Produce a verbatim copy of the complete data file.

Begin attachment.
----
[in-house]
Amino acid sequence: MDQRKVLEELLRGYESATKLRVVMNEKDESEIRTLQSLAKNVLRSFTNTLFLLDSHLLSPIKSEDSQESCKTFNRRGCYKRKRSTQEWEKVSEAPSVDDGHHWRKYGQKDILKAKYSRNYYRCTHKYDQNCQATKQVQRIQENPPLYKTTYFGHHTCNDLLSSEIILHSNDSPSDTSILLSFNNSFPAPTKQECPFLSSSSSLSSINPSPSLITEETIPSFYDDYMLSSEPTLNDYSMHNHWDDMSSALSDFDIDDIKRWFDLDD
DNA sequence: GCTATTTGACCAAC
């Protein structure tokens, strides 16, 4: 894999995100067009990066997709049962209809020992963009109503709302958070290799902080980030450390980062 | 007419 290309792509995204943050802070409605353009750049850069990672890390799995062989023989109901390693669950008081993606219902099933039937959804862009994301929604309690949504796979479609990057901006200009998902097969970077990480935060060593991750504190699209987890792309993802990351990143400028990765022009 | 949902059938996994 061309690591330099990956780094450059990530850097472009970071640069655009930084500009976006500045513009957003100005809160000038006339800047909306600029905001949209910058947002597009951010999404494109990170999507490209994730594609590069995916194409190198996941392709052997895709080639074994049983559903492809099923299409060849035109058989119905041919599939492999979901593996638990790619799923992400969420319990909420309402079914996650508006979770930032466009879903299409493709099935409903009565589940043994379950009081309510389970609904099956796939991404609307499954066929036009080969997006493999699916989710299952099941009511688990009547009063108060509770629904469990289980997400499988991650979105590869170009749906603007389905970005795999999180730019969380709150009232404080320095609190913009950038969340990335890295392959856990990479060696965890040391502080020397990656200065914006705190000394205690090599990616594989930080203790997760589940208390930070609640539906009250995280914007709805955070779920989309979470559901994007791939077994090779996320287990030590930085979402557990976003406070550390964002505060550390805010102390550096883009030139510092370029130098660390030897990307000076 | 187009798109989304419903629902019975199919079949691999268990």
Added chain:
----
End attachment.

[in-house]
Amino acid sequence: MDQRKVLEELLRGYESATKLRVVMNEKDESEIRTLQSLAKNVLRSFTNTLFLLDSHLLSPIKSEDSQESCKTFNRRGCYKRKRSTQEWEKVSEAPSVDDGHHWRKYGQKDILKAKYSRNYYRCTHKYDQNCQATKQVQRIQENPPLYKTTYFGHHTCNDLLSSEIILHSNDSPSDTSILLSFNNSFPAPTKQECPFLSSSSSLSSINPSPSLITEETIPSFYDDYMLSSEPTLNDYSMHNHWDDMSSALSDFDIDDIKRWFDLDD
DNA sequence: GCTATTTGACCAAC
């Protein structure tokens, strides 16, 4: 894999995100067009990066997709049962209809020992963009109503709302958070290799902080980030450390980062 | 007419 290309792509995204943050802070409605353009750049850069990672890390799995062989023989109901390693669950008081993606219902099933039937959804862009994301929604309690949504796979479609990057901006200009998902097969970077990480935060060593991750504190699209987890792309993802990351990143400028990765022009 | 949902059938996994 061309690591330099990956780094450059990530850097472009970071640069655009930084500009976006500045513009957003100005809160000038006339800047909306600029905001949209910058947002597009951010999404494109990170999507490209994730594609590069995916194409190198996941392709052997895709080639074994049983559903492809099923299409060849035109058989119905041919599939492999979901593996638990790619799923992400969420319990909420309402079914996650508006979770930032466009879903299409493709099935409903009565589940043994379950009081309510389970609904099956796939991404609307499954066929036009080969997006493999699916989710299952099941009511688990009547009063108060509770629904469990289980997400499988991650979105590869170009749906603007389905970005795999999180730019969380709150009232404080320095609190913009950038969340990335890295392959856990990479060696965890040391502080020397990656200065914006705190000394205690090599990616594989930080203790997760589940208390930070609640539906009250995280914007709805955070779920989309979470559901994007791939077994090779996320287990030590930085979402557990976003406070550390964002505060550390805010102390550096883009030139510092370029130098660390030897990307000076 | 187009798109989304419903629902019975199919079949691999268990």
Added chain: